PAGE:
Discharge is a endless process. Since I was told that the plastic surgeons had decided they wouldn't operate, I was subsequently told that they might operate. In fact, they had not discharged me from their system at all, whoever told me that was vastly misinformed. Apparently the head plastic surgeon needed to look at my wound so on Wed poked around the area and confirmed it was healing nicely with the vac machine. He did say that they might have to do a skin graft to finish the closing of the wound but that wouldn't be for several weeks.
Since I was cleared by plastics to be discharged, I met with the post-transplant admin assistant who set up all my post-transplant information. She is who I contact anytime I have problems or need an appointment. I have all my stuff prepped for next week as well as info on the microspirometer that I need to buy.
Yesterday, I really thought I was going home, homecare was arranged (the social work finally got the paperwork figured out), meds were ordered from pharmacy, and goodbyes had been said by all. Then I felt nauseous, started vomiting, and my heartrate spiked while walking to physio. I felt nauseous for most of the day so the doctors didn't feel comfortable discharging me and ha bloodwork drawn. I was super frustrated but it's hard to argue while curled up in bed around a basin.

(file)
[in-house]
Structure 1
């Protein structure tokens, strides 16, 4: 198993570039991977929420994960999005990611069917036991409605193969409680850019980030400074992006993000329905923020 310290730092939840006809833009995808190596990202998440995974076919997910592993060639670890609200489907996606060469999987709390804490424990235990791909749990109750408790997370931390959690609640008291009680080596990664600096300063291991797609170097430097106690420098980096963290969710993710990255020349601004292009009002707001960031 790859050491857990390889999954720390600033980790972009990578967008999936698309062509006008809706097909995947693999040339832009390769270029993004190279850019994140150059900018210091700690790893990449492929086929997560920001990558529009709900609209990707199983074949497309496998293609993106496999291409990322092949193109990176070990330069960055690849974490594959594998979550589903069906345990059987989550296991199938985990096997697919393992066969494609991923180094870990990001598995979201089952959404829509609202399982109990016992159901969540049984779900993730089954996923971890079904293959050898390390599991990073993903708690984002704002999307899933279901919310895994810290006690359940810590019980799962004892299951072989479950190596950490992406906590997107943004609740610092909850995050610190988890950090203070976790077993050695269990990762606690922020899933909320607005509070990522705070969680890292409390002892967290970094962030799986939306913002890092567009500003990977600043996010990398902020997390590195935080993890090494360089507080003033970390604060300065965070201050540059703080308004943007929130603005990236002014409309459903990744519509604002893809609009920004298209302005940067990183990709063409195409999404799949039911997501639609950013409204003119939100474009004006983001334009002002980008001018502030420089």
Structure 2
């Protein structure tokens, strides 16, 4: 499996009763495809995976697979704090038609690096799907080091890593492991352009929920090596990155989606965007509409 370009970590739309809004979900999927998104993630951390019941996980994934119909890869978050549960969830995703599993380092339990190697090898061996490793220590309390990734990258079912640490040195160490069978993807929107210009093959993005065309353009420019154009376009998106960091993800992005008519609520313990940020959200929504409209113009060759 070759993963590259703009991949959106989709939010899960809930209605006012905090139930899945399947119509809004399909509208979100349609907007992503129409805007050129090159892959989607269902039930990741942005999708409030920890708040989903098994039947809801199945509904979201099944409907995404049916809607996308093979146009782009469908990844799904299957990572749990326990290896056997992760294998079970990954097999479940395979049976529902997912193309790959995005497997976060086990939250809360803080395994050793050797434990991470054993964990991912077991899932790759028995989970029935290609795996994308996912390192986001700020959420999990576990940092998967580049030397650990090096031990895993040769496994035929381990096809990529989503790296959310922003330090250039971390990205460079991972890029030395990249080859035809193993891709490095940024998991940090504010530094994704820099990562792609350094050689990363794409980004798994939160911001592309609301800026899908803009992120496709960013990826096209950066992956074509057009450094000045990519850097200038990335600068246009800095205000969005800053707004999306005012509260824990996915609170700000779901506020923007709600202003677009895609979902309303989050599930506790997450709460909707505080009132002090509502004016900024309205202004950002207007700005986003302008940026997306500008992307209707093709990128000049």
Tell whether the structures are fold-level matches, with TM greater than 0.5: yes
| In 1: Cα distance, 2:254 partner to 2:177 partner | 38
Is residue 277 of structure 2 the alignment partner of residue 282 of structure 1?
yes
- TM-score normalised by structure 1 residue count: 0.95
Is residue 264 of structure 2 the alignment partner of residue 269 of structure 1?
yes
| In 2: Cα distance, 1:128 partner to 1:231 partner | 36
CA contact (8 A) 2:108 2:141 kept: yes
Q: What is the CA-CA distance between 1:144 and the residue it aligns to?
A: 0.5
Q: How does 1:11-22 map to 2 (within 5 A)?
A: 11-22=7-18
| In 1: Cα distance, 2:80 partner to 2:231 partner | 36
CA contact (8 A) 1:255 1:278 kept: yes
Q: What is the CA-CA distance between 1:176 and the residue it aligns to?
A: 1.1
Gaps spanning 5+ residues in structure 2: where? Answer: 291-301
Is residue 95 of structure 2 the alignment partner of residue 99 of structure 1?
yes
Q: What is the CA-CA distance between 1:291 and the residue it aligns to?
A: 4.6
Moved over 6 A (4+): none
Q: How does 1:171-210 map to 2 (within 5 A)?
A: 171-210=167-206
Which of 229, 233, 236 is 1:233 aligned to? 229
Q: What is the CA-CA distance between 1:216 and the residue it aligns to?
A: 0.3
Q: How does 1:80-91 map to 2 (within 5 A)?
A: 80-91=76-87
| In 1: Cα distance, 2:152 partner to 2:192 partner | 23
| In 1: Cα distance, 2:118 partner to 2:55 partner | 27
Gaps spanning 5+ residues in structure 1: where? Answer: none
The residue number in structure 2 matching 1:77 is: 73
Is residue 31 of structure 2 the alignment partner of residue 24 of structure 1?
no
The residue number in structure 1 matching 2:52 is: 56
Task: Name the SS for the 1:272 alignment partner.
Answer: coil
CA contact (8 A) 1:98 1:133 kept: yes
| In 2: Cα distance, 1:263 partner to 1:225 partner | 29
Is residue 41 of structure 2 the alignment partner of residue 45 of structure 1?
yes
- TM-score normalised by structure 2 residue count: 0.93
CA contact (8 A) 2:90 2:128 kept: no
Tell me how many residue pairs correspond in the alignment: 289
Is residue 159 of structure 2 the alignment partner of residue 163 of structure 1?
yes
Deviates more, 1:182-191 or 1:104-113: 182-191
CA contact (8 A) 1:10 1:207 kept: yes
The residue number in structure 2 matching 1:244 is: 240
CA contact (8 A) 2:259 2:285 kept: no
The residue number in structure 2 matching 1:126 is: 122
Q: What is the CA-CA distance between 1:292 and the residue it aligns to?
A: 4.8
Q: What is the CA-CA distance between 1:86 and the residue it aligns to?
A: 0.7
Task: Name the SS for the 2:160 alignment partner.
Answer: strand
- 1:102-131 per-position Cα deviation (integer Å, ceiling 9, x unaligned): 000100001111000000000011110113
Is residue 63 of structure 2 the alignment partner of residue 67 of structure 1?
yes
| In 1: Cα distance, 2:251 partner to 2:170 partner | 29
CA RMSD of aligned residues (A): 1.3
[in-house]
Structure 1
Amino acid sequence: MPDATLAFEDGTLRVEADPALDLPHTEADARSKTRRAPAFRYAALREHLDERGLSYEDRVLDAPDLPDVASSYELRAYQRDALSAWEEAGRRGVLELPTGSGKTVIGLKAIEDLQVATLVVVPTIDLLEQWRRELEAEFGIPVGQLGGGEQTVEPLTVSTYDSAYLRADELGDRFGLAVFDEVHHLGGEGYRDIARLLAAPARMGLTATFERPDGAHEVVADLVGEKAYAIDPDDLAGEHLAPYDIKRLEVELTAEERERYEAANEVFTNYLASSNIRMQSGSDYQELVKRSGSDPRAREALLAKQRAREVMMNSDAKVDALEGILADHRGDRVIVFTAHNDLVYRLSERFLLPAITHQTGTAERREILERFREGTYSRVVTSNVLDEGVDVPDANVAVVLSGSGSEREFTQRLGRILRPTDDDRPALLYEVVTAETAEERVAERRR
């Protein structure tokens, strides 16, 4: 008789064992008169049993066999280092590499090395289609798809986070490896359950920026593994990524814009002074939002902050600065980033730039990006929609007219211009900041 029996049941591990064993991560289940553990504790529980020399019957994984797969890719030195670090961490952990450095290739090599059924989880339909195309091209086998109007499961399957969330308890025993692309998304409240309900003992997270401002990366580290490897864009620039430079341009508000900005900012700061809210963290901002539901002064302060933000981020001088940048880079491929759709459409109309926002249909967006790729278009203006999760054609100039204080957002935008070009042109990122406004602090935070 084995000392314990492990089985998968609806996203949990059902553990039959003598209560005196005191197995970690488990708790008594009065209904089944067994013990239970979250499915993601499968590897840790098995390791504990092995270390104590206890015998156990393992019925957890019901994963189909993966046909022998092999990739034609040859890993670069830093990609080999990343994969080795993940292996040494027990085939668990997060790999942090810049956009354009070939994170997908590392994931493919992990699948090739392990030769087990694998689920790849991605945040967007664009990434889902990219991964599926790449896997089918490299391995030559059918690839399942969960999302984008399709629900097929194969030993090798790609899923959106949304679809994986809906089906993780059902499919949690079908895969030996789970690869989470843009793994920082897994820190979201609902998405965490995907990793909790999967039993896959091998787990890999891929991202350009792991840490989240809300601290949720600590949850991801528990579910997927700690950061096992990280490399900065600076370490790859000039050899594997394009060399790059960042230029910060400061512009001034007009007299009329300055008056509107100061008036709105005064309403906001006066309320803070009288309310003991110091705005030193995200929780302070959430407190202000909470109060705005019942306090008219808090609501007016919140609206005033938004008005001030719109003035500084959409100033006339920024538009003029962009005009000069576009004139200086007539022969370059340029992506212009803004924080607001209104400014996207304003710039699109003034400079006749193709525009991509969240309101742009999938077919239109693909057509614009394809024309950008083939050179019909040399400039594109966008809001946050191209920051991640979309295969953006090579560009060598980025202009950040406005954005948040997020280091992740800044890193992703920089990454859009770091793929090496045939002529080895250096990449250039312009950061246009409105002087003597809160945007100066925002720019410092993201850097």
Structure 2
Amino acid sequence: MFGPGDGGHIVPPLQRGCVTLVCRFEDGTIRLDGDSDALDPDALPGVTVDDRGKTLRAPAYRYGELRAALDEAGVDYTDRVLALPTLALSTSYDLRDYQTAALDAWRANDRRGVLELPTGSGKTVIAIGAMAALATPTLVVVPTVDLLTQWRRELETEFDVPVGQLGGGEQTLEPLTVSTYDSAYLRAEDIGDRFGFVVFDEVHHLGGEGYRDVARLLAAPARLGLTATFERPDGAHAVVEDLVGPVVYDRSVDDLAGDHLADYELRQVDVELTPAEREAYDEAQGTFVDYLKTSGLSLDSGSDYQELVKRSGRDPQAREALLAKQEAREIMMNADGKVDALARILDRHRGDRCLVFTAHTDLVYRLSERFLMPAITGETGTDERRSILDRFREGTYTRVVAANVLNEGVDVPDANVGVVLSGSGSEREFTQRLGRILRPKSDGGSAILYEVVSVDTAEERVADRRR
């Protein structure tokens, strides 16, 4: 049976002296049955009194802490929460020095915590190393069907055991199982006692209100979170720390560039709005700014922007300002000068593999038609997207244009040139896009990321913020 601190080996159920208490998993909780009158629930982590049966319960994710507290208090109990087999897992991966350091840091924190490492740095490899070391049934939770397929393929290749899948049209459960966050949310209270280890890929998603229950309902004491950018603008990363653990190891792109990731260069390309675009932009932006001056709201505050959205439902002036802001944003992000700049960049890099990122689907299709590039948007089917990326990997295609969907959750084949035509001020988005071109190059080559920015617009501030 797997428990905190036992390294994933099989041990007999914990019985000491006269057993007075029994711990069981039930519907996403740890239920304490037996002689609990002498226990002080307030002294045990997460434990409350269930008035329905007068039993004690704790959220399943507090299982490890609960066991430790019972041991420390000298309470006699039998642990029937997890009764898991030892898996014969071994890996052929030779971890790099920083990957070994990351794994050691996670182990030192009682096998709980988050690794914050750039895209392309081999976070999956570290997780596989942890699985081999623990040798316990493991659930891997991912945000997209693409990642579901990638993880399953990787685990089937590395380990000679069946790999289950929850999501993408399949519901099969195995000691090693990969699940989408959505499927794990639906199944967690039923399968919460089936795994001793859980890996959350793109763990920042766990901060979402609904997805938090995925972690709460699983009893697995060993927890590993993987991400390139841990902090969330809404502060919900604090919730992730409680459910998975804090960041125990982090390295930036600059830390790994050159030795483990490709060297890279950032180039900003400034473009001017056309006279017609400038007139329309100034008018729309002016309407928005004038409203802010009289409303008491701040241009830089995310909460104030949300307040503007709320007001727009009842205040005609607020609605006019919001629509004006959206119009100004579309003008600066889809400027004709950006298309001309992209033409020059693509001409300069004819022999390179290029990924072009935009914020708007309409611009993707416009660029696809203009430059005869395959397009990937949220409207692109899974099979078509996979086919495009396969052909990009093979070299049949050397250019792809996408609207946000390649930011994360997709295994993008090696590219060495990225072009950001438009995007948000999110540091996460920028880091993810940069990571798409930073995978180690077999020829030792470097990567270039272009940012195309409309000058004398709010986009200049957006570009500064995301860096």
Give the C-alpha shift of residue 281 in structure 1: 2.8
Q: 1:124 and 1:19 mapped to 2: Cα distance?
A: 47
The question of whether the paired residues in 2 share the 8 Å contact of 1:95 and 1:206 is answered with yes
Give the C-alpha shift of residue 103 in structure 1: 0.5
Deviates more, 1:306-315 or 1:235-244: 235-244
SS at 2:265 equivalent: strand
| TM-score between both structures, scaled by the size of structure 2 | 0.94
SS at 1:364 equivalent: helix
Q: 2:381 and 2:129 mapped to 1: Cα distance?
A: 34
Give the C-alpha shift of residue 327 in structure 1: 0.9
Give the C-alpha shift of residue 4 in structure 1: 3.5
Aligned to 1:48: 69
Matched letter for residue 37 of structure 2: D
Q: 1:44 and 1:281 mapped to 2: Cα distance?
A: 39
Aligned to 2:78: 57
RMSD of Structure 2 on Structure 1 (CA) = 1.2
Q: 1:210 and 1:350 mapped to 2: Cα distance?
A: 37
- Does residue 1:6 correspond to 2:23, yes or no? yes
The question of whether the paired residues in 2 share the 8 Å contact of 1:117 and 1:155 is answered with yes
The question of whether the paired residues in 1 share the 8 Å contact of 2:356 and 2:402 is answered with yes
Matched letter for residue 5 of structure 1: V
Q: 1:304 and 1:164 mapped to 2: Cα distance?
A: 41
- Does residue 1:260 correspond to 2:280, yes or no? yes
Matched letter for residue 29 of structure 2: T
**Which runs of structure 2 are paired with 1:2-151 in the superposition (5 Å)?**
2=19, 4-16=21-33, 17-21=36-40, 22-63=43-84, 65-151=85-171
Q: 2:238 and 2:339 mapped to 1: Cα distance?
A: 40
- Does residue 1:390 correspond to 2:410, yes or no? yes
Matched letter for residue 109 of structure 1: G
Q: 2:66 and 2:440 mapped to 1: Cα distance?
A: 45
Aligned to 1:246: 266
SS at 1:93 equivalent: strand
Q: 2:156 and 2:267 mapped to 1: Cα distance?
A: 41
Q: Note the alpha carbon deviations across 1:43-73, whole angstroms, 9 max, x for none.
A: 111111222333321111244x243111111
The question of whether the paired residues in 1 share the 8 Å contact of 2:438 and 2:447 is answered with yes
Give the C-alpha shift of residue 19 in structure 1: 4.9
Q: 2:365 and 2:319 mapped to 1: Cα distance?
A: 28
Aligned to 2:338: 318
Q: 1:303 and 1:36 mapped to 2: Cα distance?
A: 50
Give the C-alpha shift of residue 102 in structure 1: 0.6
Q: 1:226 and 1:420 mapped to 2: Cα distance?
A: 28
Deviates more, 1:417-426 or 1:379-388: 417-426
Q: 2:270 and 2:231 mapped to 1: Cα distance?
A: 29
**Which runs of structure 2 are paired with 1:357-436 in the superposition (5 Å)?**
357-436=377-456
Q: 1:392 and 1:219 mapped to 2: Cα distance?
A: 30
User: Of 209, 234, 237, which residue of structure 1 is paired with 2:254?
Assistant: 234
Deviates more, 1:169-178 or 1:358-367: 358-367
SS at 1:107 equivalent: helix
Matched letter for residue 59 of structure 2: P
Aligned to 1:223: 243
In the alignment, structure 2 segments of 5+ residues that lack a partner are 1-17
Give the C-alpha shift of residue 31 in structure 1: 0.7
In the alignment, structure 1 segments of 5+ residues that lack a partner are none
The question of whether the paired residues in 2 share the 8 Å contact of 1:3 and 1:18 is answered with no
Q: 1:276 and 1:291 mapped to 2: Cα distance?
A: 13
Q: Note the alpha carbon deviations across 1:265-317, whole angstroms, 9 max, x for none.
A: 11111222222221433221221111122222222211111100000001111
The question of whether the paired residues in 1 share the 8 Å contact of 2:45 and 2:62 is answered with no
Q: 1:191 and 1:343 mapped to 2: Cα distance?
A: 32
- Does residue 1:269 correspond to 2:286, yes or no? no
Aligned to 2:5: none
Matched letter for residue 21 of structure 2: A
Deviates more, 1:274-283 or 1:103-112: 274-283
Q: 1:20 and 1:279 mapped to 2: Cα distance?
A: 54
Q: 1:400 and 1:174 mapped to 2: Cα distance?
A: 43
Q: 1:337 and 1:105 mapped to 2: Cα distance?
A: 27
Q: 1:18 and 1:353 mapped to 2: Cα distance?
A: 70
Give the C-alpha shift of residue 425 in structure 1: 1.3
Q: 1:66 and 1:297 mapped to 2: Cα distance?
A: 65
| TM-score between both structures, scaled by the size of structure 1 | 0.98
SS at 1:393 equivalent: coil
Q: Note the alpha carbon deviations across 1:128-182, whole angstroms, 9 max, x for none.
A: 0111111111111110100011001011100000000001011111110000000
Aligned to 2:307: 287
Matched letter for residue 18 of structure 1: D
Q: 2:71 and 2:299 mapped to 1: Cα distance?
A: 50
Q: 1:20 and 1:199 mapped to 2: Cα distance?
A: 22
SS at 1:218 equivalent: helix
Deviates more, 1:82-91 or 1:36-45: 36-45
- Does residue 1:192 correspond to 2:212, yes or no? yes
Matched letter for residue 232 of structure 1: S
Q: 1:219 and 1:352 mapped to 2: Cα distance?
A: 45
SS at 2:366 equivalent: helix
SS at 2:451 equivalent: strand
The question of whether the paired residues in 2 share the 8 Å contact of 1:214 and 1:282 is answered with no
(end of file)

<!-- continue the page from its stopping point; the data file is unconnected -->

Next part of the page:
Today looks like it might be the real deal. The doctors are concerned about infection as one of my cultures from yesterday shows that something is growing but it's too early to know what. The doctor said it may be a false positive so my blood work was retaken. I'm told they'll call me if they have horrible news for me to return to hospital. Its still worth fleeing for a night, even if I have to return.
I am pretty much all set to go, I have my discharge papers from pharmacy, I was switched over to the mini vac machine that I'll be using at home, and Isaiah has carted stuff off to the car. I was actually given the "pack up!" by my nurse at one point only to have her come in and say "just one more dose of IV antibiotics before you go." Of course that involved putting in a new IV which meant 2 nurses and 5 more pokes before they could get one in my tiny tortured veins.
We are now just waiting for the IV to finish running before we break out of here. I'm trying to force myself not to get excited until I've actually left the ward and they can no longer haul me back for more testing.